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Nathan (and I really should find a real title)

August 20, 2008

Nathan stepped out onto the landing and leaned on the railing. His sister owned the immense loft apartment over a small shopping center. The neighborhood was one that had slowly been renovated by people with money creeping in, leaving it full of trendy apartments and shops. The shops directly below Linda’s apartment were actually also her property, though it would take a keen eye to follow that particular paper trail. Where Nathan found almost no interest in the intricacies of keeping a low profile, Linda reveled and excelled, sometimes even taking on side jobs to help others trying to keep a relatively low profile or recreate themselves.

Nathan blinked up as snow brushed against his skin. He glanced up, just now noticing the storm. He glanced back to the door, wondering if he needed a coat to keep up appearances. A moment later he shrugged and started down the steps. If the muddle-stone couldn’t keep prying eyes away from a man without a coat in the snow storm, it wasn’t worth the rock holding the enchantment.

Nathan made his way up the street, peering in shop windows and curiously watching the various people scattering to escape the coming storm and night. Many of the little shops in this section of town were already closed or were in the process of closing, keeping just enough activity to hold Nathan’s attention.

Steadily, though, he found himself moving away from yuppie territory, more toward the actual heart of the city. To him, there was actually a soft sound drifting from deeper in the city. A faint drumming that drew him toward the darker streets, toward fast food and liquor stores. His smile widened as he was getting into the thick of the sound. The winter was certainly looking up.

Nathan leaned town and held both hands against the sidewalk, nodding his head slightly, eyes closed. Lost in the sound, Nathan didn’t see the man in ragged clothes wandering from the alley. The man was mumbling unintelligibly to himself and looked up and down the street before crossing over to Nathan and leaning down to check his pockets.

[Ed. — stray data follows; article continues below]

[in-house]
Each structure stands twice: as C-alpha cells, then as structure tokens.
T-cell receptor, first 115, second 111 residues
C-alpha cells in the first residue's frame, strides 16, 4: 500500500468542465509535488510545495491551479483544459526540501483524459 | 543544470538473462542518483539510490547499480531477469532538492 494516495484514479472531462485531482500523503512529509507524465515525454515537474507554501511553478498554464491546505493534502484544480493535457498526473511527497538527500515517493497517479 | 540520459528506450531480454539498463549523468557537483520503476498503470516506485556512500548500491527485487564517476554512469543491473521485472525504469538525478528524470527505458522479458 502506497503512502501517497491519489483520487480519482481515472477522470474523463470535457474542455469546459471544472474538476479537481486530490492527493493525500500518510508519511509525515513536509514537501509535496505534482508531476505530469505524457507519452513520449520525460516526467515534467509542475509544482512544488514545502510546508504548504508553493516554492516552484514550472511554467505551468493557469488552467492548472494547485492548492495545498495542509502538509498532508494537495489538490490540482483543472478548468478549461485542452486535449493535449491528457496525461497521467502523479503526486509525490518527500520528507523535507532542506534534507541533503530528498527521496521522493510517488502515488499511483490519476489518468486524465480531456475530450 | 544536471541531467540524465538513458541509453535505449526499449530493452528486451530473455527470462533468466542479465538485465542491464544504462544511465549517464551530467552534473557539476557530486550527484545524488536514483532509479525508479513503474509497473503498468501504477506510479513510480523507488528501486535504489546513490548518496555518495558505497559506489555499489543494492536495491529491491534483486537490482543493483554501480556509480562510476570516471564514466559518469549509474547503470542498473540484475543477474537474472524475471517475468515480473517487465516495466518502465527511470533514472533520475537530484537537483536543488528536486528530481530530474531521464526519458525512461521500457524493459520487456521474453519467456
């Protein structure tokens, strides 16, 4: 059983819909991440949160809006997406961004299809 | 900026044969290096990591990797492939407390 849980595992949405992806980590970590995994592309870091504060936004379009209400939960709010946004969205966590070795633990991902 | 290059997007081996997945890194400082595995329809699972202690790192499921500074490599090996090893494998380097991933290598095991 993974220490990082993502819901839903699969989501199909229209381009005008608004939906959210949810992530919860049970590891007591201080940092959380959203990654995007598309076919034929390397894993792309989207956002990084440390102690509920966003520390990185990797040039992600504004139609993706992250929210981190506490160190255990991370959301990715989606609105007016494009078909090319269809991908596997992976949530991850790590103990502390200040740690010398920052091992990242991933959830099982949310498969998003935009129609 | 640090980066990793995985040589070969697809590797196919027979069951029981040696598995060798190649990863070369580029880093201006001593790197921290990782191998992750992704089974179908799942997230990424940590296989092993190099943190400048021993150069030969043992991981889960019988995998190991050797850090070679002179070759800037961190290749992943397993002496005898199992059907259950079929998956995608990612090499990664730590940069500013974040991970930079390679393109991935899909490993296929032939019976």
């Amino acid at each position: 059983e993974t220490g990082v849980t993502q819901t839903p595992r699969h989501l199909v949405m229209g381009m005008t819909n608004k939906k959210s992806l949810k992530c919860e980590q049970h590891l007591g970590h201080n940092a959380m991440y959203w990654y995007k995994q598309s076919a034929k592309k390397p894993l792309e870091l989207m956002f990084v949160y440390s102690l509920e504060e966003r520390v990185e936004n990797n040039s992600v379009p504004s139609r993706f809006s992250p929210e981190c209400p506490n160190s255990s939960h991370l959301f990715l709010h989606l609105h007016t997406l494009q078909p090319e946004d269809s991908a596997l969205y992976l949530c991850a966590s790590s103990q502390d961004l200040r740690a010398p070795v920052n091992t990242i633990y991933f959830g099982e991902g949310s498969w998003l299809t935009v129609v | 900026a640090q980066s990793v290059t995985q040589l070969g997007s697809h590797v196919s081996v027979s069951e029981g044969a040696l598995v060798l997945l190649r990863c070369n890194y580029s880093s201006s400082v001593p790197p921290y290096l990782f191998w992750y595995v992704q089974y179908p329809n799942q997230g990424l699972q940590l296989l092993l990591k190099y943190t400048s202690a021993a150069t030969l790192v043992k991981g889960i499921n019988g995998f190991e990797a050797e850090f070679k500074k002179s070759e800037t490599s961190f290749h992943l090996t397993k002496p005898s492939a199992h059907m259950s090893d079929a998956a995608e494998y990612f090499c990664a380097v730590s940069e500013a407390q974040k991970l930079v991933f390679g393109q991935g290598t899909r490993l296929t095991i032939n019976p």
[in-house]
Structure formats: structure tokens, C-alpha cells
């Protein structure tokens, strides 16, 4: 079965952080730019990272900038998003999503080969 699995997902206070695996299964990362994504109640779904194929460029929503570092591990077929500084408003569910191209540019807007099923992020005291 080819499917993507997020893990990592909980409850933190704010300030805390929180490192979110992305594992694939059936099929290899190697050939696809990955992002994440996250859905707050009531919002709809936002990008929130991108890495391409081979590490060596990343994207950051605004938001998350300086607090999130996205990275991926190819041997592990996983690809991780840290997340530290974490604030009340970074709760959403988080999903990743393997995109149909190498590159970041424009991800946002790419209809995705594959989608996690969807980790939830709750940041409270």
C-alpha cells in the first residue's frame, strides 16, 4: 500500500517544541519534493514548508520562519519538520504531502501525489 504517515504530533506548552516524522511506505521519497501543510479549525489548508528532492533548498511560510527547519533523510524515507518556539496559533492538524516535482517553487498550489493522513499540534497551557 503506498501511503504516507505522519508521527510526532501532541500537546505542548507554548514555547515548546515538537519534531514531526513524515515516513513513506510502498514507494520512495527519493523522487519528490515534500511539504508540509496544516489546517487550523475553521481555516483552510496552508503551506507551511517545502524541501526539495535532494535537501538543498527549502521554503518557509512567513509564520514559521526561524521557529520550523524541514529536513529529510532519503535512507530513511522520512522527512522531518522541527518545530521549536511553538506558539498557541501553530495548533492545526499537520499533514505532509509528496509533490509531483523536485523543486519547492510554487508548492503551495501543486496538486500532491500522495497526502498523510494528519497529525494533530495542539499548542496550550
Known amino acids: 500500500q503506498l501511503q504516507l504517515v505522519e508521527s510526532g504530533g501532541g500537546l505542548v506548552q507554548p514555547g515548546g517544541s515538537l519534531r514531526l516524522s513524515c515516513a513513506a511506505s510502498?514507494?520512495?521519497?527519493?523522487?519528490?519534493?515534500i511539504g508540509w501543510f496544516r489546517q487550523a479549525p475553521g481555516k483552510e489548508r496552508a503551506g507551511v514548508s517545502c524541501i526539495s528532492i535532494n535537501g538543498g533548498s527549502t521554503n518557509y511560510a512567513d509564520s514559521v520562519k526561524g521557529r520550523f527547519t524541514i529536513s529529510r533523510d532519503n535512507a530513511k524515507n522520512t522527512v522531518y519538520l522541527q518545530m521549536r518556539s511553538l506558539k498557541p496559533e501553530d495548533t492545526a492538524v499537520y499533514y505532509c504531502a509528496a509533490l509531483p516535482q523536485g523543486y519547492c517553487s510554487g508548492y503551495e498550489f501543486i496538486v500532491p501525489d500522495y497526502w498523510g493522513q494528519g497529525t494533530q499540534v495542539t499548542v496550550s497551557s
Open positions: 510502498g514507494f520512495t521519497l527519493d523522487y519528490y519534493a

Nathan’s eyes suddenly shot open and he spun to his feat, catching the would be thief’s hand and twisting it sharply. The man let out a soft yelp and released the pouch, letting it fall into the snow. Nathan frowned and leaned in to examine the man’s eyes.

“Why did you grab the bag?” Nathan said.

The man tried to tug himself free, reaching down with his free hand to grab at the bag again. Nathan twisted more, forcing the man a step away from the fallen pouch of stones.

“Just let me see the stones,” the man grated his voice harsh, almost as if it hadn’t been pushed to audible volumes in years.

Nathan pushed the man back and quickly scooped up the pouch, brushing it clean. “What do you know about them?”

“Ancient keys. Forbidden arts. Power bound and fighting to be free. Hubris in stone…” the man said, eyes wild now, voice rising with each word.

“I think I best be going now,” Nathan said, voice soft, tension thrumming through his slender frame.

The man straightened and stepped toward him, straightening, drawing himself up, “I see you and I know you. I call you, with the names of the guardians,” he began intoning.

Panic flashed across Nathan’s face and he moved. Nathan lashed out his hand catching the strange man in the throat, then swung up his knee hard into the man’s stomach, driving the air from his longs. Nathan shoved the man over into the snow and fled deeper into the city.

He ran blindly until the drumming of the city flooded his ears, then found a shadowed doorway to duck into, stopping and panting. He crouched low and planted his hands against the frozen ground. He began singing along with the beat of the city, more straight sound then words. His hands slid along, finally settling on a loose bit of cement near the door and pried free the small piece. He pulled it close to his lips, continuing his strange wordless song. Before long a soft glow pulsed off of the rock once, then faded, leaving a strange sigil scarred in the surface of the cement chip.

Nathan examined it carefully, making sure he had channeled everything correctly. Most of his family would be horrified at the use of concrete instead of proper stone, but then none of them could hear cities the way he could. He tucked it into the breast pocket of his coat, next to the small velvet pouch, then leaned his head against the cold building, taking a small comfort in the solid presence of the building.

Finally, Nathan slid to his feat, carefully checking up and down the street for any sign of the man, then resumed exploring the city. It didn’t take long before he found his way into a noisy bar and settled on a stool at the bar itself. He sighed and finally let himself relax a little. The noise and crowd were the perfect way to loose himself for a while. He dropped cash on the bar and cleared his throat. “Barkeep, bloody mary,” The bartender started slightly, noticing Nathan for the first time. Any concern fled at the site of the large bill on the counter. The man quickly nodded and started on the drink.

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